Author + information
- Received October 21, 1982
- Revision received December 13, 1982
- Accepted December 15, 1982
- Published online May 1, 1983.
- F. Earl Fyke III, MD*,
- Abdul J. Tajik, MD, FACC,
- William D. Edwards, MD, FACC and
- James B. Seward, MD, FACC
- ↵*Address for reprints: F. Earl Fyke, III, MD, c/o Section of Publications, Mayo Clinic, Rochester, Minnesota 55905.
Originally described in 1964, lipomatous hypertrophy of the atrial septum currently remains a diagnosis established primarily at autopsy. Clinical interest in this disorder has centered on the reported association with supraventricular arrhythmias and sudden death. Because two-dimensional echocardiography allows detailed assessment of atrial septal configuration, we reviewed two-dimensional echocardiographic reports obtained over a 1 year period and identified 17 patients who had features consistent with lipomatous hypertrophy of the atrial septum. Nine were men and the average age was 70 years. Autopsy confirmation of the echographic findings was possible in one patient. In nine patients, ideal body weight was exceeded by 10% or more. The atrial septum viewed from the subcostal transducer position showed a distinctive echo-dense globular thickening sparing the valve of the fossa ovalis. The resultant tomographic image of the atrial septum had a characteristic dumbbell appearance. The mean thickness of the atrial septum was 21 mm (range 15 to 29). Seven patients had supraventricular arrhythmias, and eight had P wave abnormalities.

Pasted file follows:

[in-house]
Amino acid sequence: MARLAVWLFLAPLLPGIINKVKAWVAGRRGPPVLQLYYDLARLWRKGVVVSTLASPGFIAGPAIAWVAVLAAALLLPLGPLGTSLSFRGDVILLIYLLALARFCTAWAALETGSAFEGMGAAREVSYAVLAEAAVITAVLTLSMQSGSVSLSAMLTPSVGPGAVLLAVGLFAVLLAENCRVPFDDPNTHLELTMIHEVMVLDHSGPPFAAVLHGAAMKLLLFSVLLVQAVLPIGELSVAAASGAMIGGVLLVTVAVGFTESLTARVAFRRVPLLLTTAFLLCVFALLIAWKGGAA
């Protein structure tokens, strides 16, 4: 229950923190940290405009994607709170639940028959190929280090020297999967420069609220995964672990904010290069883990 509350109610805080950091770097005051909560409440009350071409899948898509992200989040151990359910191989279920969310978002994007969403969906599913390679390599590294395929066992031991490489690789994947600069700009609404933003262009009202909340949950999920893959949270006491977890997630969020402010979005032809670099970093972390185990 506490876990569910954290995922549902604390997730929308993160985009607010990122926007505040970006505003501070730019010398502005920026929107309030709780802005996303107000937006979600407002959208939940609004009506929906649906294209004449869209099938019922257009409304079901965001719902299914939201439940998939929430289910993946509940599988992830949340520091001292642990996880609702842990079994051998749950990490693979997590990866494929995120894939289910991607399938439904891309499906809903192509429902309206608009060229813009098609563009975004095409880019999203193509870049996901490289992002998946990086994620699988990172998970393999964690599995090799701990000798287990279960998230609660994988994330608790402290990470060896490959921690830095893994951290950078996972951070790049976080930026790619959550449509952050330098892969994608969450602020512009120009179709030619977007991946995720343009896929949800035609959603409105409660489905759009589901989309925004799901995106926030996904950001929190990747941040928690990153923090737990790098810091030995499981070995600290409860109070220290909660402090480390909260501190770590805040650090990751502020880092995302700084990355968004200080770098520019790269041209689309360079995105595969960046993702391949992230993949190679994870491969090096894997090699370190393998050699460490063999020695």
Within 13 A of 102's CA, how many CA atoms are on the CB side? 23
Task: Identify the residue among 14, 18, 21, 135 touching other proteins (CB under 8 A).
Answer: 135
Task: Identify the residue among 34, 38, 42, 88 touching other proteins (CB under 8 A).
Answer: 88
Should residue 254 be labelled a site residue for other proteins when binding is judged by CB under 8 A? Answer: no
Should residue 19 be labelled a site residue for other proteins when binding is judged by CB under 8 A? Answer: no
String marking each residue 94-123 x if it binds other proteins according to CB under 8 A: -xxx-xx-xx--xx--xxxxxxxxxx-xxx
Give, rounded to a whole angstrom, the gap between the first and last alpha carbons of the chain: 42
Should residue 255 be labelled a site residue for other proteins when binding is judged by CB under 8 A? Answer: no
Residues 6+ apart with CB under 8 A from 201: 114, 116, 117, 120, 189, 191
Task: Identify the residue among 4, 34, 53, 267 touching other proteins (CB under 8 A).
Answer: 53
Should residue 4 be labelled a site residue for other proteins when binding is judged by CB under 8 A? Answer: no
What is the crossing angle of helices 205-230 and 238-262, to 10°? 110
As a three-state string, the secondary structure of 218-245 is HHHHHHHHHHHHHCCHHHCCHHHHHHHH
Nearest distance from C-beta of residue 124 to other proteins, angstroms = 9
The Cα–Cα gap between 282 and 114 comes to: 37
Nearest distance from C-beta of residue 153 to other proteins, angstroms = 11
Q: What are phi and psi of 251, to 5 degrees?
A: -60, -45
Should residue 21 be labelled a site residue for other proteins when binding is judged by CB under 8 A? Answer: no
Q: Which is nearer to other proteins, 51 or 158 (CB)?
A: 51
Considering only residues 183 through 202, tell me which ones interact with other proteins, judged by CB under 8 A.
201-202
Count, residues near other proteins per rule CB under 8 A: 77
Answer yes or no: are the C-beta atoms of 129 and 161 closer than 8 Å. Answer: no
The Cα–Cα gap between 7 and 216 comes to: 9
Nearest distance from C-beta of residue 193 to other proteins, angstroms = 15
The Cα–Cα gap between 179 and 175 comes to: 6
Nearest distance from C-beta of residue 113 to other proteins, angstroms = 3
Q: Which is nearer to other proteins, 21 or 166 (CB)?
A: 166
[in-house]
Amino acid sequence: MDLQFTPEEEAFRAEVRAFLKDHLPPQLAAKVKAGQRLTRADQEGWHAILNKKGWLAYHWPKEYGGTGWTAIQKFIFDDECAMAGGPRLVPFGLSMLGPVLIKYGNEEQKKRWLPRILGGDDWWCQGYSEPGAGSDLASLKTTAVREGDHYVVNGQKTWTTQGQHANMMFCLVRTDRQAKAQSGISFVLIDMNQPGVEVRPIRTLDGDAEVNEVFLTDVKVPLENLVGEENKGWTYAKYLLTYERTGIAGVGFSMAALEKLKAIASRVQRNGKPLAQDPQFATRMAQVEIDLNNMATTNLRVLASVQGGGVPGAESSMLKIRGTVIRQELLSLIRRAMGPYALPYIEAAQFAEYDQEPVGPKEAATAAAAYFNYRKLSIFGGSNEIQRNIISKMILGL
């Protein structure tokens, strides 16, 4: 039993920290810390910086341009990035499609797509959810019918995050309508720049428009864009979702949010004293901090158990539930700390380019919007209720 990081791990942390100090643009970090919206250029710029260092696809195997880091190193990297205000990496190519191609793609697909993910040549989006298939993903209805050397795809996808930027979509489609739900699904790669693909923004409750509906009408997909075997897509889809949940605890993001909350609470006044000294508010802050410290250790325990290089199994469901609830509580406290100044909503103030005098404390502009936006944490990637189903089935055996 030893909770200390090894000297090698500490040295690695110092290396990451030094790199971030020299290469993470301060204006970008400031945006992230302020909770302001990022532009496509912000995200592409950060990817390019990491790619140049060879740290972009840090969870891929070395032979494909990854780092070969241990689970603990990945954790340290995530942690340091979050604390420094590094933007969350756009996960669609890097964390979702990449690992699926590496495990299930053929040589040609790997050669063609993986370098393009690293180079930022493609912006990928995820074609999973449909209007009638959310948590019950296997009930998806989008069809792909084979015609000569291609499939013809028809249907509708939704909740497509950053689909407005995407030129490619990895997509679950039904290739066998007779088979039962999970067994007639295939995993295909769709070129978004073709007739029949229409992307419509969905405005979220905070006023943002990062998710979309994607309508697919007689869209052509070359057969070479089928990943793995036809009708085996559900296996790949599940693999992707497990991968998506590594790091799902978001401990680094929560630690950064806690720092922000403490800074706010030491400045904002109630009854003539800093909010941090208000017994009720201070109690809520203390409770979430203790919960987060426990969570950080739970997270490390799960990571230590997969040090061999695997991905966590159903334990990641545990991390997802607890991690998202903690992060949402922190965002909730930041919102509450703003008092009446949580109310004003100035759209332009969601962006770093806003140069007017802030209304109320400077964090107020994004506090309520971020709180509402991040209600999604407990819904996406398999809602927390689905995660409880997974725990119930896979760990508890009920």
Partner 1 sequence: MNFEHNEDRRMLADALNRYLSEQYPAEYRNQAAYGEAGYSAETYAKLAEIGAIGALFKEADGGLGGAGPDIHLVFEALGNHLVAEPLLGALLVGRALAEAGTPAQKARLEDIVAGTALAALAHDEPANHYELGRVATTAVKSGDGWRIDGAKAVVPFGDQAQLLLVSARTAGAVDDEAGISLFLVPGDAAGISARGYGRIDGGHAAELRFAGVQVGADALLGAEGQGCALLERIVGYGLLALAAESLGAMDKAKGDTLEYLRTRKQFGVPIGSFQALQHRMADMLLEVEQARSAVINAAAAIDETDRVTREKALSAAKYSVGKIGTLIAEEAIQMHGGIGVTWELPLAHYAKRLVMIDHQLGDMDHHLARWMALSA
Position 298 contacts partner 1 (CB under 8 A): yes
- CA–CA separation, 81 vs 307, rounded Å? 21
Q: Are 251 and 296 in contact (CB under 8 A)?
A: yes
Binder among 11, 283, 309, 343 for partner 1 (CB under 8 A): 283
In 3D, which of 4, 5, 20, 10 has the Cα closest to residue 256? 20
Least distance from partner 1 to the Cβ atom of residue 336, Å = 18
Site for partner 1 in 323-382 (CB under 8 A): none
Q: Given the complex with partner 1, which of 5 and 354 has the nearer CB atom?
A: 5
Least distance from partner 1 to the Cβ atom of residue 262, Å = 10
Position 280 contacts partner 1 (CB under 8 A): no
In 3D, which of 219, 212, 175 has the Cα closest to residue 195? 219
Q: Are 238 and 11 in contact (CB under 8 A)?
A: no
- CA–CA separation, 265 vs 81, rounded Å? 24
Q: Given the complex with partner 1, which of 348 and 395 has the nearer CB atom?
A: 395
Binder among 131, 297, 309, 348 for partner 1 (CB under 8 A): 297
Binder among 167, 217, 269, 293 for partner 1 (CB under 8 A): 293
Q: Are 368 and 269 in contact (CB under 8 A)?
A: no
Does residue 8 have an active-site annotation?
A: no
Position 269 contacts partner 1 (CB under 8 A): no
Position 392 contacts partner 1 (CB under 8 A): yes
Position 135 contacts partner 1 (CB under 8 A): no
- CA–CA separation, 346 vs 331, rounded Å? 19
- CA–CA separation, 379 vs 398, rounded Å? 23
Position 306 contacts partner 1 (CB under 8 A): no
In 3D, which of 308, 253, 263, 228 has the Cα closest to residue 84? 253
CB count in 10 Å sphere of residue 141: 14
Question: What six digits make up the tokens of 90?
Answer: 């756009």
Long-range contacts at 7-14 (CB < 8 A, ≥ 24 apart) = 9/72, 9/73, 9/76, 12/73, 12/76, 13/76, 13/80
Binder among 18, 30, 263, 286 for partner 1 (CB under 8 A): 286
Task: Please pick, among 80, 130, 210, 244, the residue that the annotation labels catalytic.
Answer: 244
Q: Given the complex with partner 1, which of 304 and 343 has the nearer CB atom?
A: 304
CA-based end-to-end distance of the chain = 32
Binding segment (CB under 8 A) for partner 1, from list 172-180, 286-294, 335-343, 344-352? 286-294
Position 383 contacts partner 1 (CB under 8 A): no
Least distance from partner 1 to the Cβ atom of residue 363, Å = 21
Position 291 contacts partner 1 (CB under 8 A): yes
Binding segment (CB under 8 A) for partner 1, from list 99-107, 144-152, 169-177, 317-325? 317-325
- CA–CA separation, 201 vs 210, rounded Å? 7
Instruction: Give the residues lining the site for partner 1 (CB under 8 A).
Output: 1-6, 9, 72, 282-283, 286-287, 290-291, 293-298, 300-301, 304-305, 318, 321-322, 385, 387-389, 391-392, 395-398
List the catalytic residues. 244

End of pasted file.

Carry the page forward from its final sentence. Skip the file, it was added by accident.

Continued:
The two-dimensional echocardiographic features described are distinctive and suggest that this technique is the procedure of choice not only for establishing the diagnosis of lipomatous hypertrophy of the atrial septum but also for providing a means for prospective follow-up of patients with this little known entity.
- Received October 21, 1982.
- Revision received December 13, 1982.
- Accepted December 15, 1982.
- American College of Cardiology Foundation